3. 3. Trewby H, Wright D, Breadon EL, Lycett SJ, Mallon TR, McCormick C, et al. Use of bacterial whole-genome sequencing to investigate local persistence and spread in bovine tuberculosis. Epidemics 2016;14:26–35. pmid:26972511
  4. 4. Crispell J, Zadoks RN, Harris SR, Paterson B, Collins DM, de-Lisle GW, et al. Using whole genome sequencing to investigate transmission in a multi-host system: bovine tuberculosis in New Zealand. BMC Genomics 2017;18:180. pmid:28209138
  5. 5. Kamath PL, Foster JT, Drees KP, Luikart G, Quance C, Anderson NJ, et al. Genomics reveals historic and contemporary transmission dynamics of a bacterial disease among wildlife and livestock. Nature Communications 2016;7:11448. pmid:27165544
  6. 6. Crispell J, Benton C H, Balaz D, De Maio N, Ahkmetova A, Allen A, et al. Combining genomics and epidemiology to analyse bi-directional transmission of Mycobacterium bovis in a multi-host system eLife 2019;8:e45833. pmid:31843054
  7. 7. O’Hare A, Orton RJ, Bessell PR, Kao RR. Estimating epidemiological parameters for bovine tuberculosis in British cattle using a Bayesian partial-likelihood approach. Proc R Soc B. 2014;281(1783):20140248.
  8. 8. Skuce RA, Mallon TR, McCormick CM, McBride SH, Clarke G, Thompson A, et al. Mycobacterium bovis genotypes in Northern Ireland: herd-level surveillance (2003 to 2008). Veterinary Record. 2010;167(18):684–9.
  9. 9. Skuce RA, McDowell SW, Mallon TR, Luke B, Breadon EL, Lagan PL, et al. Discrimination of isolates of Mycobacterium bovis in Northern Ireland on the basis of variable numbers of tandem repeats (VNTRs). Veterinary Record. 2005;157(17):501–4.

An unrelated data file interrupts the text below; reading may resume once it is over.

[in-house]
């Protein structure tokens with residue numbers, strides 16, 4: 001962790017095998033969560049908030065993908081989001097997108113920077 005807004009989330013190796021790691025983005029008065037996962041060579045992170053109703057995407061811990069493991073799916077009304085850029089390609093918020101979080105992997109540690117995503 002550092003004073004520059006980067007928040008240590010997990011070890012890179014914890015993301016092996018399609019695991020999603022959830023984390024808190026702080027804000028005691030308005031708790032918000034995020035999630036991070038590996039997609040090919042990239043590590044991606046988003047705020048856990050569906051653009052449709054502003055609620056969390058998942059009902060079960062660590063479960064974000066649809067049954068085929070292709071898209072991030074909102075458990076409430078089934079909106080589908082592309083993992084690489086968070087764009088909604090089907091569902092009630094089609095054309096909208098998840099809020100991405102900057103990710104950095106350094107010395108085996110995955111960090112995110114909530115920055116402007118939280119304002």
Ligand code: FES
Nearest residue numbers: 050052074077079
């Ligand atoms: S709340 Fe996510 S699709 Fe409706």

10. 10. Houston R A computerised database system for bovine traceability. Revue scientifique et technique (International Office of Epizootics) 2001;20(2):652–61. pmid:11548534
  11. 11. Abernethy DA, Walton E, Menzies F, Courcier E, Robinson P. Mycobacterium bovis surveillance in European badgers (Meles meles) killed by vehicles in Northern Ireland: an epidemiological evaluation. International Conference on Animal Health Surveillance. 2011;78:216–218.
  12. 12. Courcier EA, Menzies FD, Strain SAJ, Skuce RA, Robinson PA, Patterson IAP, McBride KR, McCormick CM, Walton E, McDowell SWJ, Abernethy DA. Monitoring Mycobacterium bovis in Eurasian badgers (Meles meles) killed by vehicles in Northern Ireland between 1998 and 2011. Veterinary Record 2018;182;259.